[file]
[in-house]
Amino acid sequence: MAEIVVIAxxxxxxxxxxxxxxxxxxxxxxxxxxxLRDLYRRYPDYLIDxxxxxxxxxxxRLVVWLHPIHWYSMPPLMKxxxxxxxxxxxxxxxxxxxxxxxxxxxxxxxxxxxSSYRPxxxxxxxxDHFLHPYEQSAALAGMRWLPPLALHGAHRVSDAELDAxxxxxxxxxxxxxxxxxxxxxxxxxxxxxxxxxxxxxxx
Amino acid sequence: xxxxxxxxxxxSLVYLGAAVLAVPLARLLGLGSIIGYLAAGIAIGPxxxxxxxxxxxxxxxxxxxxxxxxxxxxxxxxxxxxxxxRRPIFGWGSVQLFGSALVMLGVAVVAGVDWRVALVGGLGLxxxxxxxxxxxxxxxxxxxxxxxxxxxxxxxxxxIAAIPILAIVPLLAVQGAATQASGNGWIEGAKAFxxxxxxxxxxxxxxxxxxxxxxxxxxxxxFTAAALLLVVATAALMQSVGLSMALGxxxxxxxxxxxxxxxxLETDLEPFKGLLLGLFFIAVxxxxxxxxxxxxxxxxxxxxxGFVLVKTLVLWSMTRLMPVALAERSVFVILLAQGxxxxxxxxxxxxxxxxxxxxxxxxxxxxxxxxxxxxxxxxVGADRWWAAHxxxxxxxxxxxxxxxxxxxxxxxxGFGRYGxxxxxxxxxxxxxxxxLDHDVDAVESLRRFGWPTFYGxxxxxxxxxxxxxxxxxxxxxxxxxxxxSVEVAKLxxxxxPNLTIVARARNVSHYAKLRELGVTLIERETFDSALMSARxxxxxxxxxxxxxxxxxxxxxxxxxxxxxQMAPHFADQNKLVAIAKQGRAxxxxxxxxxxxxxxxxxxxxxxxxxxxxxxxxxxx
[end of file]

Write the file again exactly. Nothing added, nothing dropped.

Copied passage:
[in-house]
Amino acid sequence: MAEIVVIAxxxxxxxxxxxxxxxxxxxxxxxxxxxLRDLYRRYPDYLIDxxxxxxxxxxxRLVVWLHPIHWYSMPPLMKxxxxxxxxxxxxxxxxxxxxxxxxxxxxxxxxxxxSSYRPxxxxxxxxDHFLHPYEQSAALAGMRWLPPLALHGAHRVSDAELDAxxxxxxxxxxxxxxxxxxxxxxxxxxxxxxxxxxxxxxx
Amino acid sequence: xxxxxxxxxxxSLVYLGAAVLAVPLARLLGLGSIIGYLAAGIAIGPxxxxxxxxxxxxxxxxxxxxxxxxxxxxxxxxxxxxxxxRRPIFGWGSVQLFGSALVMLGVAVVAGVDWRVALVGGLGLxxxxxxxxxxxxxxxxxxxxxxxxxxxxxxxxxxIAAIPILAIVPLLAVQGAATQASGNGWIEGAKAFxxxxxxxxxxxxxxxxxxxxxxxxxxxxxFTAAALLLVVATAALMQSVGLSMALGxxxxxxxxxxxxxxxxLETDLEPFKGLLLGLFFIAVxxxxxxxxxxxxxxxxxxxxxGFVLVKTLVLWSMTRLMPVALAERSVFVILLAQGxxxxxxxxxxxxxxxxxxxxxxxxxxxxxxxxxxxxxxxxVGADRWWAAHxxxxxxxxxxxxxxxxxxxxxxxxGFGRYGxxxxxxxxxxxxxxxxLDHDVDAVESLRRFGWPTFYGxxxxxxxxxxxxxxxxxxxxxxxxxxxxSVEVAKLxxxxxPNLTIVARARNVSHYAKLRELGVTLIERETFDSALMSARxxxxxxxxxxxxxxxxxxxxxxxxxxxxxQMAPHFADQNKLVAIAKQGRAxxxxxxxxxxxxxxxxxxxxxxxxxxxxxxxxxxx